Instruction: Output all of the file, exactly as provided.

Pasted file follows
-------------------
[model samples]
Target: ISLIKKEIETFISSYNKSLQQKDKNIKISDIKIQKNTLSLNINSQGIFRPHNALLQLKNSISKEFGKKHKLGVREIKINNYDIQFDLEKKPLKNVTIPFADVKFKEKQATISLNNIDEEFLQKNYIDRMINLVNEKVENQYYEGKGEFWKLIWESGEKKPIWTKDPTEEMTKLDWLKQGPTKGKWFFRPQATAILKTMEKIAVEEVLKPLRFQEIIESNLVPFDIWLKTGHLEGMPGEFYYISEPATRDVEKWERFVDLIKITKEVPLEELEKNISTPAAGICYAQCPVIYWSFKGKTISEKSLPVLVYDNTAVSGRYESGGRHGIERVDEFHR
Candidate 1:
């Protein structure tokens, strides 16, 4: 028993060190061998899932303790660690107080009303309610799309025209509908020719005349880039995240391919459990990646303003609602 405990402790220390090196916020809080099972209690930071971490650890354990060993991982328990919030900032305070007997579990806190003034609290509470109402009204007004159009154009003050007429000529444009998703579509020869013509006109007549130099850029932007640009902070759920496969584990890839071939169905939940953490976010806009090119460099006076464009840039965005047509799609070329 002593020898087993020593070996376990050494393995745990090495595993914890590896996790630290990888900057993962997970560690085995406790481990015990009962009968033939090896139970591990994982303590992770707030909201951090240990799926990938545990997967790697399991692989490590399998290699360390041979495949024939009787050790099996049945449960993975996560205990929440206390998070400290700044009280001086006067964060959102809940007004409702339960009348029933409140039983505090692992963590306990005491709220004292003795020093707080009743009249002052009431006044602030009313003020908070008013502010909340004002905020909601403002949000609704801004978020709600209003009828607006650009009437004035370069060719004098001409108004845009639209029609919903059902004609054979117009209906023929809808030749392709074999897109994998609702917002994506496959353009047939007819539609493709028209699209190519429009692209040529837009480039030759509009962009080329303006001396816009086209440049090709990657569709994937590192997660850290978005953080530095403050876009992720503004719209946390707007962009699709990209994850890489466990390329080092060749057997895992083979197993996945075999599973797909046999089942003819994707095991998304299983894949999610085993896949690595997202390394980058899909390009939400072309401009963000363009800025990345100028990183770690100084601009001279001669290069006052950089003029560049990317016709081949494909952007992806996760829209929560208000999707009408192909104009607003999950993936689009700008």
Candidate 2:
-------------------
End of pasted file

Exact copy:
[model samples]
Target: ISLIKKEIETFISSYNKSLQQKDKNIKISDIKIQKNTLSLNINSQGIFRPHNALLQLKNSISKEFGKKHKLGVREIKINNYDIQFDLEKKPLKNVTIPFADVKFKEKQATISLNNIDEEFLQKNYIDRMINLVNEKVENQYYEGKGEFWKLIWESGEKKPIWTKDPTEEMTKLDWLKQGPTKGKWFFRPQATAILKTMEKIAVEEVLKPLRFQEIIESNLVPFDIWLKTGHLEGMPGEFYYISEPATRDVEKWERFVDLIKITKEVPLEELEKNISTPAAGICYAQCPVIYWSFKGKTISEKSLPVLVYDNTAVSGRYESGGRHGIERVDEFHR
Candidate 1:
């Protein structure tokens, strides 16, 4: 028993060190061998899932303790660690107080009303309610799309025209509908020719005349880039995240391919459990990646303003609602 405990402790220390090196916020809080099972209690930071971490650890354990060993991982328990919030900032305070007997579990806190003034609290509470109402009204007004159009154009003050007429000529444009998703579509020869013509006109007549130099850029932007640009902070759920496969584990890839071939169905939940953490976010806009090119460099006076464009840039965005047509799609070329 002593020898087993020593070996376990050494393995745990090495595993914890590896996790630290990888900057993962997970560690085995406790481990015990009962009968033939090896139970591990994982303590992770707030909201951090240990799926990938545990997967790697399991692989490590399998290699360390041979495949024939009787050790099996049945449960993975996560205990929440206390998070400290700044009280001086006067964060959102809940007004409702339960009348029933409140039983505090692992963590306990005491709220004292003795020093707080009743009249002052009431006044602030009313003020908070008013502010909340004002905020909601403002949000609704801004978020709600209003009828607006650009009437004035370069060719004098001409108004845009639209029609919903059902004609054979117009209906023929809808030749392709074999897109994998609702917002994506496959353009047939007819539609493709028209699209190519429009692209040529837009480039030759509009962009080329303006001396816009086209440049090709990657569709994937590192997660850290978005953080530095403050876009992720503004719209946390707007962009699709990209994850890489466990390329080092060749057997895992083979197993996945075999599973797909046999089942003819994707095991998304299983894949999610085993896949690595997202390394980058899909390009939400072309401009963000363009800025990345100028990183770690100084601009001279001669290069006052950089003029560049990317016709081949494909952007992806996760829209929560208000999707009408192909104009607003999950993936689009700008």
Candidate 2: